Discussion in 'Journals' started by globalarbtrader, Feb 11, 2015.
Yes, that makes perfect sense. Thank you v much for taking the time.
I was short 5 VX contracts the other day with a max forecast of -20, when I had my worst daily loss, when VX spiked. I am less diversified than GAT, trading only 8 markets, but my account is much smaller at $130K. My volatility is at 30%. Something tells me I have a mistake in my system somewhere, since I will be wiped out by a 30 point move in the VX. (I only trade once a day at the open). Or is this to be expected, and simply the price of admission to 30% volatility?
It's the price of admission to trading the VIX; a negative skew asset which means in Gaussian space it has non stationary vol, and then targeting 30% vol. If you think a 30 point move in the VIX is plausible, you really ought to reduce your allocation to the VIX.
On that day when the VIX spiked, which parameter changed the most in your system? The forecast (went from -20 to xxx) or the value volatility?
To be honest: having 5 VIX contracts in a 130 kUSD account where you trade 8 markets seems rather high to me.
I surfed the web a bit and it appears that the biggest daily spike in VX history is 64%. That would be a 37% hit to my account, assuming a max forecast. I could handle that, but maybe not much more. Or maybe I'm being naive. Maybe I should cut my VX exposure in half to be safe.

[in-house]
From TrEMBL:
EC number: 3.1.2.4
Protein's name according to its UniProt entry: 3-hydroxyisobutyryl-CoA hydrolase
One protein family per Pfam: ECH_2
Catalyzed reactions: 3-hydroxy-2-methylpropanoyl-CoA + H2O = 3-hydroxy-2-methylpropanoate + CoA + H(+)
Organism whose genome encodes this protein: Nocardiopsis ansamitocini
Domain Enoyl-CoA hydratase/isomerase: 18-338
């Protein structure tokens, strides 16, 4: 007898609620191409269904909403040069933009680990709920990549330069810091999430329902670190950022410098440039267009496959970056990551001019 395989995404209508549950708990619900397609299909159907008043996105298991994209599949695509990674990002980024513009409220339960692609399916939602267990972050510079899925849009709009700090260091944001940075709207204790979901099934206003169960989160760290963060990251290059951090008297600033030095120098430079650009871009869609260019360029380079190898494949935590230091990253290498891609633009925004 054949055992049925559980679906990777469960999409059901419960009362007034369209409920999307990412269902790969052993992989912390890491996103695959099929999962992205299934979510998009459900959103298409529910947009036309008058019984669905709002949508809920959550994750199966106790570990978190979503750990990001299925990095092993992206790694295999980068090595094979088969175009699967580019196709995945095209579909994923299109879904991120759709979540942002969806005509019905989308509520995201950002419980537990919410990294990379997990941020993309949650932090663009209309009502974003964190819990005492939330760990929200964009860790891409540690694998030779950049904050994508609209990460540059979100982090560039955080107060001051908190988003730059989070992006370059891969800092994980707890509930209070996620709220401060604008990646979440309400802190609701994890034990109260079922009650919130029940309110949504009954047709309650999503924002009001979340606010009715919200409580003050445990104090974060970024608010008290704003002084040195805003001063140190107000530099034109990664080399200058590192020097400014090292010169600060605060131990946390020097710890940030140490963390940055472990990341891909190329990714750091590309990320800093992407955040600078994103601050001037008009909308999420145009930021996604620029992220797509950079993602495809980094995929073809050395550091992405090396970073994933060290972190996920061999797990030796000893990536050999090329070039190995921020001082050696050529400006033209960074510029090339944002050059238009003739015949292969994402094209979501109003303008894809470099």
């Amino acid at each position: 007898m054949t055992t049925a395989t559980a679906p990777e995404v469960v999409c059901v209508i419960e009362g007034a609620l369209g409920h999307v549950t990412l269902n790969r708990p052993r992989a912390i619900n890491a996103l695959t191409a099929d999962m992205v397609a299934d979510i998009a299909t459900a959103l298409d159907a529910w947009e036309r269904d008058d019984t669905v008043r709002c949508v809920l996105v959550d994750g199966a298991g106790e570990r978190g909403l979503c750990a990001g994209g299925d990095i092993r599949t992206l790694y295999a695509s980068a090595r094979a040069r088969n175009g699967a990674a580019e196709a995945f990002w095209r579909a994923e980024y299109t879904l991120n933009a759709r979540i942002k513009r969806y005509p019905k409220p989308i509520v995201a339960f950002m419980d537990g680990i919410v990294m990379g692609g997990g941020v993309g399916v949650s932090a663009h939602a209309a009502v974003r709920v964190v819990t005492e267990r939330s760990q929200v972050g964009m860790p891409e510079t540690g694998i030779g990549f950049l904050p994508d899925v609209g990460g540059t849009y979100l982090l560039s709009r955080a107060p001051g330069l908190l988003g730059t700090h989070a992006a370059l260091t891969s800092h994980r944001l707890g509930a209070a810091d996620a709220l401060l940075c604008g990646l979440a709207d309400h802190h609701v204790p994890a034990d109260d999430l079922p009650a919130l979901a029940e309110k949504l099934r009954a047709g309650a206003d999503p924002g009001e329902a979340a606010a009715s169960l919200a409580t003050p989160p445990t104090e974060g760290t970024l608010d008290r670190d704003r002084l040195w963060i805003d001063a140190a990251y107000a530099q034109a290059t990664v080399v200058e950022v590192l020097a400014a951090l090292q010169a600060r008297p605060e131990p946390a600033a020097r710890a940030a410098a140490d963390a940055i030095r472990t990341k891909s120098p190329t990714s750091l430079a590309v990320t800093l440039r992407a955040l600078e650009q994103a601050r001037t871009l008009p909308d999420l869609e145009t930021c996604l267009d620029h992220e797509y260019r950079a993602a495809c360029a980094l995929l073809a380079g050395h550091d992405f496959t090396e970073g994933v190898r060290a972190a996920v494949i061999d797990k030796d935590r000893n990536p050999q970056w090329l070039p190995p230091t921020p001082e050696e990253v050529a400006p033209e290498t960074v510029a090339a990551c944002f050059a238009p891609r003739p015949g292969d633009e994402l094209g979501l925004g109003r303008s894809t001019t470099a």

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If I recall correctly, the forecast went from -20 to -12, dropping my position from -5 to -2. I think the position was so large since there hadn't been big spikes lately in the VIX, so the system was interpreting VIX as a low volatility instrument. I don't know if the VIX is workable in my system if these spikes are common. It seems like there's a spike, where I lose money, then my system decreases my allocation, but then the spike almost always reverses very quickly, so I win back some of my money, but on a much smaller position.
I see. I would have expected that the value volatility would show the greatest change. But that depends on how sensitive your forecast calculation is, versus the value volatility calculation.
I am not using the VIX but the European V2TX. That one also spiked on the same day. The forecast changed somewhat in my system, but the largest influencer was the value volatility. Thus my position size got reduced.
I wonder if it would make sense for us to delay ingestion of prices by a few days on the volatility indices since they have these large spikes that quickly reverse.
For example, if I were short 5 contracts, then the Vix spikes by 10% on day n, my system does not react since the latest price it has is from three days ago. Then the Vix completely reverses its spike on day n+1 or n+2 (this seems to happen nearly every time it spikes). I would gain back whatever I lost on day n, since I am still short 5 contracts, since my system hasn't reacted to the spike. Then, on day n+3, my system reacts to the spike by reducing exposure, but at that point we are back to normal volatility. Is this type of system-tinkering a no-no?
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